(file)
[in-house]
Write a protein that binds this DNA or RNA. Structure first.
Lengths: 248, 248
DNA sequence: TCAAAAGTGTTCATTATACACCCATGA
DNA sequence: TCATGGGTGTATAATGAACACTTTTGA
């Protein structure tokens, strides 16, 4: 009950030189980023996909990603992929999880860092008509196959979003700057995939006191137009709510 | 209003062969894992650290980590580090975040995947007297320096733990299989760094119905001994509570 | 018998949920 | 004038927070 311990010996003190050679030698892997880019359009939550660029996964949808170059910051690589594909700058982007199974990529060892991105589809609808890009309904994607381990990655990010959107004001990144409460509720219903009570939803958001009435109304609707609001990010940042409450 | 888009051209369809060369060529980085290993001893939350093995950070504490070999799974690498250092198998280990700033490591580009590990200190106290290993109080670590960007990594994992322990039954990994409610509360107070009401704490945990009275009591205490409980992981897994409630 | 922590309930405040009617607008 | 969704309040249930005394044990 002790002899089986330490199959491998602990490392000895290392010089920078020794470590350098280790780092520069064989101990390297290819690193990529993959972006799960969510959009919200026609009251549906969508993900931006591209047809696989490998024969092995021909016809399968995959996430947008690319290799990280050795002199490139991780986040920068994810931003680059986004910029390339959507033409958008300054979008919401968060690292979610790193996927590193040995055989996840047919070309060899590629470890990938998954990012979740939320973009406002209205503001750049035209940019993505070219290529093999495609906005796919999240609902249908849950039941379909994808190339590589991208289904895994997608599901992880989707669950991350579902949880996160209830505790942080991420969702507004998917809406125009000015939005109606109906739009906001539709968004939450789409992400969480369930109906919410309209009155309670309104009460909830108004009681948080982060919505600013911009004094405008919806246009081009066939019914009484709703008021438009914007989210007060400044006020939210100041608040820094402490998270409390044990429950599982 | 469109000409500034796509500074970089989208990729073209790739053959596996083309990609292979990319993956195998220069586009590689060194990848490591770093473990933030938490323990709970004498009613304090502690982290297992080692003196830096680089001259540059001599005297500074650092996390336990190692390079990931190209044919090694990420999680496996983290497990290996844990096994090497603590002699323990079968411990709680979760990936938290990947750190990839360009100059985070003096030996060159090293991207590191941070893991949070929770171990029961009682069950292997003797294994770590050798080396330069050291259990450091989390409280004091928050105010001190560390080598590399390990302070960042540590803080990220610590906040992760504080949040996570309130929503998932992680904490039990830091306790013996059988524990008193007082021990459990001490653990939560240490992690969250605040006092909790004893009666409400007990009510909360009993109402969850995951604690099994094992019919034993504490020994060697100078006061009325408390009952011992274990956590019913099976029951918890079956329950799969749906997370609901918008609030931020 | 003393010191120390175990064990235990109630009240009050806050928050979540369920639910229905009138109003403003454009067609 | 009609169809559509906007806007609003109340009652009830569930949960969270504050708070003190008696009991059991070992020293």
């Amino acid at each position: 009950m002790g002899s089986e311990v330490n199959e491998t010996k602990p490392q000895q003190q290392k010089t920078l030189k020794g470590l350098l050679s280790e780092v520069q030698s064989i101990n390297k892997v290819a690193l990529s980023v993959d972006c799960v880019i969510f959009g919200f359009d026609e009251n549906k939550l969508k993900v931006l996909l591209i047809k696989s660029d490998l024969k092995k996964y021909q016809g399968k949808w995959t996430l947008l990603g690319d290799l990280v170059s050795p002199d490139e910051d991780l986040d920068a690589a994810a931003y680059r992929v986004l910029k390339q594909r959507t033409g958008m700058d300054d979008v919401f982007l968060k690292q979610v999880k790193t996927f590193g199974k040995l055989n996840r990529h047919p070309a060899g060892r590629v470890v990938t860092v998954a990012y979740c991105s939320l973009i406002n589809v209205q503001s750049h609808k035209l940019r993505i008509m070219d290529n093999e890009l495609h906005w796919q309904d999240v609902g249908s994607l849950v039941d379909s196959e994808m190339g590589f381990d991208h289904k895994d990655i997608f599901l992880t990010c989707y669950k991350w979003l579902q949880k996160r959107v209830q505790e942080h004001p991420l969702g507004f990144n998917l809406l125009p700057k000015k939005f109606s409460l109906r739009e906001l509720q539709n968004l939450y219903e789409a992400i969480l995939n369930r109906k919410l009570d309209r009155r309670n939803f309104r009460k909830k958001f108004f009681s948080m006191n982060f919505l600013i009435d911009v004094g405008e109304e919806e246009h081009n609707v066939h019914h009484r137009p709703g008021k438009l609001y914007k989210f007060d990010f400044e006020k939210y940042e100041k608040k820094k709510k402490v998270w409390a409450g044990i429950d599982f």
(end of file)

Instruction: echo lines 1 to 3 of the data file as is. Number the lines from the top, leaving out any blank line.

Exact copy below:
[in-house]
Write a protein that binds this DNA or RNA. Structure first.
Lengths: 248, 248